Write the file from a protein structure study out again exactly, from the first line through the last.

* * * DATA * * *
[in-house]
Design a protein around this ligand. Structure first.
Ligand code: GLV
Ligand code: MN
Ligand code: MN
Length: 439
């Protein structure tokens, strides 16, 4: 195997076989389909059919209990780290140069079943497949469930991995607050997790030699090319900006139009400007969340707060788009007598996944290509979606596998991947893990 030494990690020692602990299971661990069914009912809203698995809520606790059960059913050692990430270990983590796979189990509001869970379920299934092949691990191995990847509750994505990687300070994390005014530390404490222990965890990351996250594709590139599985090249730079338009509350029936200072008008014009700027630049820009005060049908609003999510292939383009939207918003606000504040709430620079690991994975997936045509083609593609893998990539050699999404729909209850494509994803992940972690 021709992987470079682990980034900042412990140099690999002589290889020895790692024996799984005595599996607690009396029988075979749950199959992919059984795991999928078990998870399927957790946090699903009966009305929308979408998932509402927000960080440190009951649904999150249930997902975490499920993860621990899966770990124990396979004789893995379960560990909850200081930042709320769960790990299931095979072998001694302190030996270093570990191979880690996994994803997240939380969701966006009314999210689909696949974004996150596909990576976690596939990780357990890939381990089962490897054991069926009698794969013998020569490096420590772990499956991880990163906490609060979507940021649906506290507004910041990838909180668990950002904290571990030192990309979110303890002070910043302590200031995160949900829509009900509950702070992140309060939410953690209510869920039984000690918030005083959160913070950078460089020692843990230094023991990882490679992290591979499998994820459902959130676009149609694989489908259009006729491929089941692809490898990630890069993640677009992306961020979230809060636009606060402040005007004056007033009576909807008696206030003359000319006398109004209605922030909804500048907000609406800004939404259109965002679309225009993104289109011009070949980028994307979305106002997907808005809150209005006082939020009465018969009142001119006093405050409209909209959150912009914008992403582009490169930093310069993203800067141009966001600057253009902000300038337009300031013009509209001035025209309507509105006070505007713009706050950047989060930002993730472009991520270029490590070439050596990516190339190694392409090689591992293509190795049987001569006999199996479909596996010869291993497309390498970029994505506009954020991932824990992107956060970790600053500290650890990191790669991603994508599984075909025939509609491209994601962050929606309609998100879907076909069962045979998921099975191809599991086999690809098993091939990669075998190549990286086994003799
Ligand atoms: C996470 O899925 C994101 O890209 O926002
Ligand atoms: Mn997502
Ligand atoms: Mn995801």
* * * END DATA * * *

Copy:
[in-house]
Design a protein around this ligand. Structure first.
Ligand code: GLV
Ligand code: MN
Ligand code: MN
Length: 439
């Protein structure tokens, strides 16, 4: 195997076989389909059919209990780290140069079943497949469930991995607050997790030699090319900006139009400007969340707060788009007598996944290509979606596998991947893990 030494990690020692602990299971661990069914009912809203698995809520606790059960059913050692990430270990983590796979189990509001869970379920299934092949691990191995990847509750994505990687300070994390005014530390404490222990965890990351996250594709590139599985090249730079338009509350029936200072008008014009700027630049820009005060049908609003999510292939383009939207918003606000504040709430620079690991994975997936045509083609593609893998990539050699999404729909209850494509994803992940972690 021709992987470079682990980034900042412990140099690999002589290889020895790692024996799984005595599996607690009396029988075979749950199959992919059984795991999928078990998870399927957790946090699903009966009305929308979408998932509402927000960080440190009951649904999150249930997902975490499920993860621990899966770990124990396979004789893995379960560990909850200081930042709320769960790990299931095979072998001694302190030996270093570990191979880690996994994803997240939380969701966006009314999210689909696949974004996150596909990576976690596939990780357990890939381990089962490897054991069926009698794969013998020569490096420590772990499956991880990163906490609060979507940021649906506290507004910041990838909180668990950002904290571990030192990309979110303890002070910043302590200031995160949900829509009900509950702070992140309060939410953690209510869920039984000690918030005083959160913070950078460089020692843990230094023991990882490679992290591979499998994820459902959130676009149609694989489908259009006729491929089941692809490898990630890069993640677009992306961020979230809060636009606060402040005007004056007033009576909807008696206030003359000319006398109004209605922030909804500048907000609406800004939404259109965002679309225009993104289109011009070949980028994307979305106002997907808005809150209005006082939020009465018969009142001119006093405050409209909209959150912009914008992403582009490169930093310069993203800067141009966001600057253009902000300038337009300031013009509209001035025209309507509105006070505007713009706050950047989060930002993730472009991520270029490590070439050596990516190339190694392409090689591992293509190795049987001569006999199996479909596996010869291993497309390498970029994505506009954020991932824990992107956060970790600053500290650890990191790669991603994508599984075909025939509609491209994601962050929606309609998100879907076909069962045979998921099975191809599991086999690809098993091939990669075998190549990286086994003799
Ligand atoms: C996470 O899925 C994101 O890209 O926002
Ligand atoms: Mn997502
Ligand atoms: Mn995801």